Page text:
One of the best things about living in Australia is the plethora of opportunities available to truly pursue what you want and Martin Siegner is no exception. Martin came to Australia a few years ago as an architectural visualization artist and felt unfulfilled. With no plan B in place, he gave up his visualization career and started photographing architectural projects around Sydney for his own portfolio which quickly saw him working with some of the most prominent architectural firms in Australia.
Since the beginning of my photography career, I’ve had a list of projects that I dreamed of shooting. While most of the projects were out of my reach at the time, as my career has grown, buildings on my “dream assignment” list have become more accessible — while my goal list has grown! If you are in love with photography and architecture, I think you can agree that your list of dream projects and clients will always be growing and evolving.
On this fine episode of Project of the Week, we’re headed to St. Louis with the lovely architectural photographer Megan Lorenz. Megan’s entire body of work has a clean yet tactile feeling about it, and every image is sublimely lit. This particular project — Park East for interior designer Jacob Laws — is no exception!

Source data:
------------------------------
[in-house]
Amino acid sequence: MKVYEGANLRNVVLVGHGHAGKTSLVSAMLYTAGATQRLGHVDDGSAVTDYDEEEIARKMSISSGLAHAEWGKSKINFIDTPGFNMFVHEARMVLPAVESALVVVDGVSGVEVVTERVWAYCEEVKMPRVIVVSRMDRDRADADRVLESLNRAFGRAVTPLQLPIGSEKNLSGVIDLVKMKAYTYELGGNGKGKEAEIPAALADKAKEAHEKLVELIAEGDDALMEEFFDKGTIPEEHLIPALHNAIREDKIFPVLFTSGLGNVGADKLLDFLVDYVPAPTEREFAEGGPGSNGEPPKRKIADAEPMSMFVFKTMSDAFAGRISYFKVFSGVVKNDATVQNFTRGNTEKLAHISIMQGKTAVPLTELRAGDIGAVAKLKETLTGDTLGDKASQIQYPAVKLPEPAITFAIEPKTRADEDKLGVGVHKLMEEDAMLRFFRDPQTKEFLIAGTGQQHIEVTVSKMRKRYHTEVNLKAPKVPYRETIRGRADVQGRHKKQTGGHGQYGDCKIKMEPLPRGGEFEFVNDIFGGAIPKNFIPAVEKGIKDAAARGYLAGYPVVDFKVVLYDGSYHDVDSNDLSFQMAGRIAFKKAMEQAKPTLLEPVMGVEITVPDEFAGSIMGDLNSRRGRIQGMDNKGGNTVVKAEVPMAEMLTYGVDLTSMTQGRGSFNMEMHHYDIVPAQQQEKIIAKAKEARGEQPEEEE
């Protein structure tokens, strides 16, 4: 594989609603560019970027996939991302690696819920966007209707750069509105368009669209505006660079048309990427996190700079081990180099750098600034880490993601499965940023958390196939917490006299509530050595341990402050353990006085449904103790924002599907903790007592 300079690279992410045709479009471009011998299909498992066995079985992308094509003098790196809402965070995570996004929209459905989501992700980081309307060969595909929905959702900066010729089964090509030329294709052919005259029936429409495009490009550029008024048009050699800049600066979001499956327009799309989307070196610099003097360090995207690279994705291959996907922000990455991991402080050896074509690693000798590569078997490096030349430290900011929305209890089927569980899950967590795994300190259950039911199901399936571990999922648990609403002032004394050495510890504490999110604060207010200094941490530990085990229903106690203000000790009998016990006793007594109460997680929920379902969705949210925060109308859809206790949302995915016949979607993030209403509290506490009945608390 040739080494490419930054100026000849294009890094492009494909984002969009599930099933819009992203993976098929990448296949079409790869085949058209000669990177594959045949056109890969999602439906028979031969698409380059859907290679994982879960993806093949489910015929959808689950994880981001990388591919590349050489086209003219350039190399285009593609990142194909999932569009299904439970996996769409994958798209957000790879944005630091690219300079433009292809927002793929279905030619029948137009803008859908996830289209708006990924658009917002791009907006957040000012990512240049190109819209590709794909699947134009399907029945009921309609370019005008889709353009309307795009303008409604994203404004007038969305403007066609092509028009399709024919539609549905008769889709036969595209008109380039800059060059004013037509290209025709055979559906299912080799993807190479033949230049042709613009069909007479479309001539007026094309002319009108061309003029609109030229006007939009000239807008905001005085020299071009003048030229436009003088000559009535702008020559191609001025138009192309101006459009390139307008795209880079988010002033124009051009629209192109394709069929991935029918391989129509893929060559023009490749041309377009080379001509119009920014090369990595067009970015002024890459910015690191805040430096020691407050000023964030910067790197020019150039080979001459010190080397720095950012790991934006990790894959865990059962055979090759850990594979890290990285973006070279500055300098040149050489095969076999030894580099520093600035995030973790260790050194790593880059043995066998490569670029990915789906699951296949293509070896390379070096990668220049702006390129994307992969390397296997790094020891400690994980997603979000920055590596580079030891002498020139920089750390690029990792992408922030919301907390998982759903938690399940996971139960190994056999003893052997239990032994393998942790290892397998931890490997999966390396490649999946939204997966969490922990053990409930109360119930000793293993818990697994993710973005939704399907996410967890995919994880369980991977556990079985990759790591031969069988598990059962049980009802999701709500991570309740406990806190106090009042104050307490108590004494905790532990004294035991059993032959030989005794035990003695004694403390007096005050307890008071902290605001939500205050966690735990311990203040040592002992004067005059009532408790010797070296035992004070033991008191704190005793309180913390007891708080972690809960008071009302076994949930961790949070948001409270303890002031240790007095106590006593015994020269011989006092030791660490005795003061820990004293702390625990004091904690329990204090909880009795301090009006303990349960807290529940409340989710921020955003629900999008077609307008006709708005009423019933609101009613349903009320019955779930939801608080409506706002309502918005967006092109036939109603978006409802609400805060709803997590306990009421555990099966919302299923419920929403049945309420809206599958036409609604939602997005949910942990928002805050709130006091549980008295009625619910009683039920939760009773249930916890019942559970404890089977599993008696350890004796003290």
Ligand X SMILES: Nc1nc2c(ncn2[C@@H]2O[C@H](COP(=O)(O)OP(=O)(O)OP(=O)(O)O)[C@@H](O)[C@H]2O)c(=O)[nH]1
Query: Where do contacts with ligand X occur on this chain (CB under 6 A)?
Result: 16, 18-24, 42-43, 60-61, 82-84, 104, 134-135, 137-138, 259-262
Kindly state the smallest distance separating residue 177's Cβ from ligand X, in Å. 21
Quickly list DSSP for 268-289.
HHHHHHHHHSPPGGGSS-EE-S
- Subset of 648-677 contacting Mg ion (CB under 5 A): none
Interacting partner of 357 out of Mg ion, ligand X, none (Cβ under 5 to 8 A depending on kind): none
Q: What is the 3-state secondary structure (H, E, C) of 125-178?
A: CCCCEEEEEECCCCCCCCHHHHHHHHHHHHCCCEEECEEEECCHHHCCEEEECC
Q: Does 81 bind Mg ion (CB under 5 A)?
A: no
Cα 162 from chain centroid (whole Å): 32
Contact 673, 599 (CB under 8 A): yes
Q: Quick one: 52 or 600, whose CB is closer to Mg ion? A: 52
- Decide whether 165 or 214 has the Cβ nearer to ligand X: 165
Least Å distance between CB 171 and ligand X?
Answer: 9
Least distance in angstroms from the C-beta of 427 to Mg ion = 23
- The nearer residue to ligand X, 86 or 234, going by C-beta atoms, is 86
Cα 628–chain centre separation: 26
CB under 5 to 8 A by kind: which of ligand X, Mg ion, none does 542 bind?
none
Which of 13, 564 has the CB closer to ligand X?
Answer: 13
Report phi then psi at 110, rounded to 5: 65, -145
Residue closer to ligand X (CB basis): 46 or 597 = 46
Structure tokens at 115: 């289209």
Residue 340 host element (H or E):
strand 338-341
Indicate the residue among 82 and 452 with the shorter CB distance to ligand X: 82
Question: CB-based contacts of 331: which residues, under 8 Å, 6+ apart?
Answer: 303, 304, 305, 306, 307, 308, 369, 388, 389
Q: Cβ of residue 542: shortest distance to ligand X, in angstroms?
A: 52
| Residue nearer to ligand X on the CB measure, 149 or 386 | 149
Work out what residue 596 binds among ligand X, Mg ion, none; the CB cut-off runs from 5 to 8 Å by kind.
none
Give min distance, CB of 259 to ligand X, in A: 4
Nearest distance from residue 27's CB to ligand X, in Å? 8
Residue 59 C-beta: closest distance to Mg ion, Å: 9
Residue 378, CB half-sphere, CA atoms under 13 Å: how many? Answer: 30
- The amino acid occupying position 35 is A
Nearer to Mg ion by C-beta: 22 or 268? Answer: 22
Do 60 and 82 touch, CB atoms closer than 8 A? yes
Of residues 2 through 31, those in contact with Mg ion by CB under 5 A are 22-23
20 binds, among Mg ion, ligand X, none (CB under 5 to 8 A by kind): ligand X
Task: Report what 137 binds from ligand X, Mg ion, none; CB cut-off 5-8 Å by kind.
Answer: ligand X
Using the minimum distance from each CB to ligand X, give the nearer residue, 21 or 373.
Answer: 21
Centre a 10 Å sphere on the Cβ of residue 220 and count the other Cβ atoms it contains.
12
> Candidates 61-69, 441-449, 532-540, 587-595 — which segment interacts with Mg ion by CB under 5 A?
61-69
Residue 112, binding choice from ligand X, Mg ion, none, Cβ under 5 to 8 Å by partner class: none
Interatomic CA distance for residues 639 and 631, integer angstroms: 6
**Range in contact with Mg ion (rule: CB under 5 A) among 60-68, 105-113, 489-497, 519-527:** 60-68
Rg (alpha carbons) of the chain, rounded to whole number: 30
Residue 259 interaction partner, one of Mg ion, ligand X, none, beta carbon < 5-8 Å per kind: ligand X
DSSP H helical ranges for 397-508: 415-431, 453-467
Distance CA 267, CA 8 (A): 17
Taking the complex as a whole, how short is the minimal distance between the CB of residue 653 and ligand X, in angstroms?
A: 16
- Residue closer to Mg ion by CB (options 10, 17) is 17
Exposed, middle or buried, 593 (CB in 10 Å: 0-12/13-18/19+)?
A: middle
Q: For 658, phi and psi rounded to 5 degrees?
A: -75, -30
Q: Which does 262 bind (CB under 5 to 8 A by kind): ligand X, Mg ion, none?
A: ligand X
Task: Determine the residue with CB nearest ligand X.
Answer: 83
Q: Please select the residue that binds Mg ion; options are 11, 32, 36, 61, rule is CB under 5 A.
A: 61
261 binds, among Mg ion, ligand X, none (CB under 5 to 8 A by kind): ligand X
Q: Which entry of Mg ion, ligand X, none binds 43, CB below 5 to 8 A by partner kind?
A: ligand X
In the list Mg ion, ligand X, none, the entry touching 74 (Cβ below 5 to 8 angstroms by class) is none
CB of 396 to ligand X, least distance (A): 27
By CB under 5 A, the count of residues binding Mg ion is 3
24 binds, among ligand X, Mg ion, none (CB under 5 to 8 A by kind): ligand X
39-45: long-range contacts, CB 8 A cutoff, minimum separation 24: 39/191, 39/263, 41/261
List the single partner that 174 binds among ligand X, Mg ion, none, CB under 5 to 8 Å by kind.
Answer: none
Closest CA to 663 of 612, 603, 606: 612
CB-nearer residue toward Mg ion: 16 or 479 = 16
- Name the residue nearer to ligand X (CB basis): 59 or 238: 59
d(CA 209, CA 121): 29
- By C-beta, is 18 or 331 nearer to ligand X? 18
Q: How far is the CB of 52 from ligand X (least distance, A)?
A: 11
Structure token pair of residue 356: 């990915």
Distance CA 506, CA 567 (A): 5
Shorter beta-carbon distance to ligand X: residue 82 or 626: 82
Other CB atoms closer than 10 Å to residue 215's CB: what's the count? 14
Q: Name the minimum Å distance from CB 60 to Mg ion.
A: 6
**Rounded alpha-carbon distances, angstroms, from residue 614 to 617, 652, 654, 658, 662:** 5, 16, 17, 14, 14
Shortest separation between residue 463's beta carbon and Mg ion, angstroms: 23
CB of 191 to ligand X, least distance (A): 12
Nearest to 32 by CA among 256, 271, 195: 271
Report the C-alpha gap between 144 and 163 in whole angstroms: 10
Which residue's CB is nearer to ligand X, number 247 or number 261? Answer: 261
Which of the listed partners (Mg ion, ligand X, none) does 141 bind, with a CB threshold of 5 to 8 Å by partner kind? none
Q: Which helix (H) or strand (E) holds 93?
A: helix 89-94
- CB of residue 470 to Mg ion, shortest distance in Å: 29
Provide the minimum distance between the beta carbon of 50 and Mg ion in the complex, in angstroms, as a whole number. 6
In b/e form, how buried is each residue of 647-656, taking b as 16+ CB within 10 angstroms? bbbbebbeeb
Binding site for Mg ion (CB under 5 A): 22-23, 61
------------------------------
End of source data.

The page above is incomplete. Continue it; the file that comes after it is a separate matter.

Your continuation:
With over 800 staff working in five offices spanning the globe, RJ Models may be the undisputed leader in architectural model making. Countless major architects from Foster + Partners to Zaha Hadid to Arquitectonica and more have commissioned RJ to create models of their planned architectural projects.
A scout is an integral part of the architectural photography process, but one mistake I see a lot of photographers making is that they agree to a scout before they are in contract to complete the shoot. It’s gone pear-shaped on me enough that I implemented a policy requiring a deposit before any scouting takes place; here’s why.
This week’s featured project takes us to the shores of Lac St-François in Adstock, Canada, where we’ll find L’Accostée House by Bourgeois / Lechasseur Architects. L’Accostée House is a large, beautiful home with strong contemporary shapes that are softened by warm and organic wooden building materials.
Adobe has recently updated Lightroom and some of the new features are pretty useful.